The cost of cybercrime is stretching into the millions. Cybercriminals are making off with an average $11 million USD per minute, which amounts to nearly 190 thousand dollars every second!
The sad reality is that 60% of small and mid-sized companies who have been victims in past cyberattacks end up closing their doors within six months. The costs can be hefty – from lost business to productivity losses, reparations for customers affected by the breach.
Cybersecurity is not just about installing the latest anti-malware software or beefing up your firewall. The most damaging breaches come from common mistakes that companies and their employees make every day, such as clicking on a malicious link in an email message or allowing someone access to sensitive data without realizing who they are.
The 2021 Sophos Threat Report, which analyzed thousands of global data breaches and their causes over the past year found that “everyday threats” are some of the most dangerous. The report states poorly designed or implemented security measures can be at root cause for many damaging attacks we’ve investigated – meaning you should always keep your eyes peeled!
Perhaps you’re not paying enough attention to your company’s cybersecurity. It could be that a dangerous mistake is being made which leaves the organization vulnerable and susceptible to hackers, identity thieves or ransomware distributors.
Here are several of the most common missteps when it comes to basic IT security best practices.
Not Implementing Muti-Factor Authentication (MFA)
The top cause of data breaches is no longer a question that executives have been asking themselves for years. It’s Credential theft and it happens more often than you think, with most company processes now being cloud-based!
When companies fail to protect their user logins with multi-factor authentication, they are putting themselves at a much higher risk of falling victim in any breach.
MFA reduces fraudulent sign-in attempts by a staggering 99.9%.
Ignoring the Use of Shadow IT
Shadow IT is the unauthorized use of cloud applications by employees for business data that hasn’t been approved and may not even exist within a company’s walls.
Shadow IT use leaves companies at risk for several reasons:
- Data may be used in a non-secure application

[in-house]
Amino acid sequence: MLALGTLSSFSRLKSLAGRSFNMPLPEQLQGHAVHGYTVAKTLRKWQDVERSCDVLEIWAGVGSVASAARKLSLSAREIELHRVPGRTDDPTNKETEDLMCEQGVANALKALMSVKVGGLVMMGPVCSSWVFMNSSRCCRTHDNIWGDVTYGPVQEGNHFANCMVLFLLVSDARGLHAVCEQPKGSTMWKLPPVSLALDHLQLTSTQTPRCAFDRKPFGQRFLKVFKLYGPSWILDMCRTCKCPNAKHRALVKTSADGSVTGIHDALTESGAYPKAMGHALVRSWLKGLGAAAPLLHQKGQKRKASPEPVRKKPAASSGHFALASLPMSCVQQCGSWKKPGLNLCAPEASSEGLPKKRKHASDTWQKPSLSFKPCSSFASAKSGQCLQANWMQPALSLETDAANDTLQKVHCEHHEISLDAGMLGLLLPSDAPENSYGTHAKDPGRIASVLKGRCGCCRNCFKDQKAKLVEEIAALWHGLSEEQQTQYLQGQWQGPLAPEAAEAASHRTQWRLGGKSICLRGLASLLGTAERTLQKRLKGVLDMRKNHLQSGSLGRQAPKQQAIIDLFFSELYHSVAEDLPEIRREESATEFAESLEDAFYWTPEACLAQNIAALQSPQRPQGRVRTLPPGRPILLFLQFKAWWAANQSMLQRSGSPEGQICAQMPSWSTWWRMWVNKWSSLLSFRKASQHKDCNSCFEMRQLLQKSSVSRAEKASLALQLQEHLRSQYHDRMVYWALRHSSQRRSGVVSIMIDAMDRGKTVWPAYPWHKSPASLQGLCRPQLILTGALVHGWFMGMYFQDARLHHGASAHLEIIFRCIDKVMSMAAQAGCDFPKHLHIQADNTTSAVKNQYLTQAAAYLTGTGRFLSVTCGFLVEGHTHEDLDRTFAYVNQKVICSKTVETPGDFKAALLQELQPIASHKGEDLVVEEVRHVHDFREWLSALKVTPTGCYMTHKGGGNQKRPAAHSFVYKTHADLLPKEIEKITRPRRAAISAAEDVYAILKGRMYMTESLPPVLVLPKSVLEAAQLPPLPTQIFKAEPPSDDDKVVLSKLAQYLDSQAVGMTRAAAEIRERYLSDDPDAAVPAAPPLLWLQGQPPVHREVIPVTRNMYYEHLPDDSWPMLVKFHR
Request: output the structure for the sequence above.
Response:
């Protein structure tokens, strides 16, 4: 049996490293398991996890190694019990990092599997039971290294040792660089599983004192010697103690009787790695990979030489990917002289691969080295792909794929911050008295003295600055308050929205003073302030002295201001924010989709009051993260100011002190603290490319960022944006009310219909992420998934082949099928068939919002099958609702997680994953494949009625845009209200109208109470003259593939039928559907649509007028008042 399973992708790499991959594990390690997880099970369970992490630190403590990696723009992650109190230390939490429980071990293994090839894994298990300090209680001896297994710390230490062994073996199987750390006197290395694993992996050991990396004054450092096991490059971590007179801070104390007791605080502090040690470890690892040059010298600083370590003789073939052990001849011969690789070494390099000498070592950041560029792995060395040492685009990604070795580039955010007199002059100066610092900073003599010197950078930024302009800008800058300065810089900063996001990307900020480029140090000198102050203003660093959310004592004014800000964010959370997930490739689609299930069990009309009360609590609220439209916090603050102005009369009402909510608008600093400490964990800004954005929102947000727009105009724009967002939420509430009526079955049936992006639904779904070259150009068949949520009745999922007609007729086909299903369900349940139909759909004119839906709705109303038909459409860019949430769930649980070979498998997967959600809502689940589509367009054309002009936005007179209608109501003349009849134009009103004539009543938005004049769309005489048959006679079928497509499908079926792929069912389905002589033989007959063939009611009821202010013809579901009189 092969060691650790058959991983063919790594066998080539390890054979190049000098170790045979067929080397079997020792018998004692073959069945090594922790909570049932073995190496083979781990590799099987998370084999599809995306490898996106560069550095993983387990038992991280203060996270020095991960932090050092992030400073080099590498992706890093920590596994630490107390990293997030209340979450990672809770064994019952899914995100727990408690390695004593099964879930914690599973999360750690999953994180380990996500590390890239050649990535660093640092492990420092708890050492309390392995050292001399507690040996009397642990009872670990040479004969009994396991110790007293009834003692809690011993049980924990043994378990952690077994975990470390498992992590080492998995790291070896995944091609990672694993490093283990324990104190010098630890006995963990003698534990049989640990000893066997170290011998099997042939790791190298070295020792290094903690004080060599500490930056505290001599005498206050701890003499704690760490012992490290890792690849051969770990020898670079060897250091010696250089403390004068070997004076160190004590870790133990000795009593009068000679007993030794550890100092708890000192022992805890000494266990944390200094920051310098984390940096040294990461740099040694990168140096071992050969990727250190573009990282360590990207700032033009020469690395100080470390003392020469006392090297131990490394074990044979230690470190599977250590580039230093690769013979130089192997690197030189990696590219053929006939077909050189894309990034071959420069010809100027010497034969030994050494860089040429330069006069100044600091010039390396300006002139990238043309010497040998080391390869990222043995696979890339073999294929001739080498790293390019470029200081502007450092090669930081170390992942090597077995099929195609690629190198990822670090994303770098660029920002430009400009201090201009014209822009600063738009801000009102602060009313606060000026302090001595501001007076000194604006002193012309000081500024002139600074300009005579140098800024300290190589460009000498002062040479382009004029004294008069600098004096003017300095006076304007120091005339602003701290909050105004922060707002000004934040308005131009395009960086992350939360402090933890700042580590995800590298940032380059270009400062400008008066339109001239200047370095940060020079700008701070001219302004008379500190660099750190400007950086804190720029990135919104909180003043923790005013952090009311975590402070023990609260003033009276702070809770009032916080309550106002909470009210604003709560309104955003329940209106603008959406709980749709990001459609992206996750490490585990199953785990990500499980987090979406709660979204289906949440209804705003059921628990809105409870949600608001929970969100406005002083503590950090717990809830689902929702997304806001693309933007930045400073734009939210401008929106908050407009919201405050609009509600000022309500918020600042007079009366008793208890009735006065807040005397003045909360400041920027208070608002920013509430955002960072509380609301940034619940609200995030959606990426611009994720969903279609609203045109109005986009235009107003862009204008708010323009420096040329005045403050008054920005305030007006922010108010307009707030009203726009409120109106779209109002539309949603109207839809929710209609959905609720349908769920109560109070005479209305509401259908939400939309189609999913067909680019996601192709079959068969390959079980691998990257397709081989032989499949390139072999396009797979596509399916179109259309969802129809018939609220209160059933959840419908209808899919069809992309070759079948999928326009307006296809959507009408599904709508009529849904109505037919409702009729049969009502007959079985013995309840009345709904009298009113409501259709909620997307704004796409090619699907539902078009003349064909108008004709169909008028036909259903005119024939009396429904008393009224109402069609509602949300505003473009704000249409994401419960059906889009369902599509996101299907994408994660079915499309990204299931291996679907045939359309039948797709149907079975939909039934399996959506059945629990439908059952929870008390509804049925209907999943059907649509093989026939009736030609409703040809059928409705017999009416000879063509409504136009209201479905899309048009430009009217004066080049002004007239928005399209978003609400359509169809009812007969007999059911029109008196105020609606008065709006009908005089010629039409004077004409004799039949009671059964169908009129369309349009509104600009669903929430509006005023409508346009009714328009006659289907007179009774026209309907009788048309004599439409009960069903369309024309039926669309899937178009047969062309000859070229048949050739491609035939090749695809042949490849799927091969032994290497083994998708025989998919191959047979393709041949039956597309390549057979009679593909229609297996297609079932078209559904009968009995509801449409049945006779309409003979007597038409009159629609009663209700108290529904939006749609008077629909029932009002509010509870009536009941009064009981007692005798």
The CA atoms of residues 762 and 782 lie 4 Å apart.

- Data isn’t included in company backup strategies
- If the employee leaves, the data could be lost
- The app being used might not meet company compliance requirements
Many employees have been turning to apps as a way of filling in the gaps left by their company’s IT team. However, this decision comes at great risk without proper scrutiny from management first-hand because so few businesses are aware these days how dangerous some seemingly innocent apps could be.
Having clear policies in place will help you avoid any potential problems with your employees using the cloud. For example, they should be informed about which applications are allowed and not allowed for work-related purposes so there aren’t surprises down the road!
Thinking You’re Fine With Only an Antivirus Application
Although antivirus applications are useful for scanning files and folders, they cannot protect you from every type of threat. Some online criminals don’t use malicious software at all – instead poisoning websites or spamming people’s inboxes with links that redirect them to malware-infected sites just so it can get installed onto your computer without permission!.
Malicious emails designed to phish your information will look like they come from a trusted source such as PayPal or Amazon. They may even contain links that are safe for clicking, but it’s important not just check these out without verification because malicious sites can tricks people into supplying sensitive personal data when downloading software updates!
You need to have a multi-layered strategy in place that includes things like:
- Next-gen anti-malware (uses AI and machine learning)
- Next-gen firewall
- Email filtering
- DNS filtering
- Automated application and cloud security policies
- Cloud access monitoring
Not Having Device Management In Place
Companies all over the world have been using remote employees since this pandemic and they plan on keeping it that way. However, device management for these home-based devices as well as smartphones used by business owners haven’t always gone smoothly which can lead to problems like data loss or worse yet – identity theft!
If you’re not managing security or data access for all the endpoints in your business, it is imperative that a plan be put into place quickly.
If you don’t have one already, it’s time to put a device management application in place, like Intune in Microsoft 365.
Not Providing Adequate Training to Employees
Human error is the cause of 95% percent (or more) in cybersecurity breaches. This means that too many companies don’t take time to continually train their employees, and thus users haven’t developed skills needed for a culture where good security practices are followed at all times.
Keeping your employees aware of IT security is key to ensuring that they can identify phishing attacks and follow proper data handling procedures. Therefore, it’s important for this training process be done throughout the year rather than just annually or during an onboarding process alone.”
Some ways to infuse cybersecurity training into your company culture include:
- Short training videos
- IT security posters
- Team training sessions
- Cybersecurity tips in company newsletters
When Did You Last Have a Cybersecurity Checkup?
Don’t stay in the dark about your IT security vulnerabilities. Schedule a cybersecurity audit today with Ayvant IT Services to uncover vulnerabilities so they can be fortified to reduce your risk.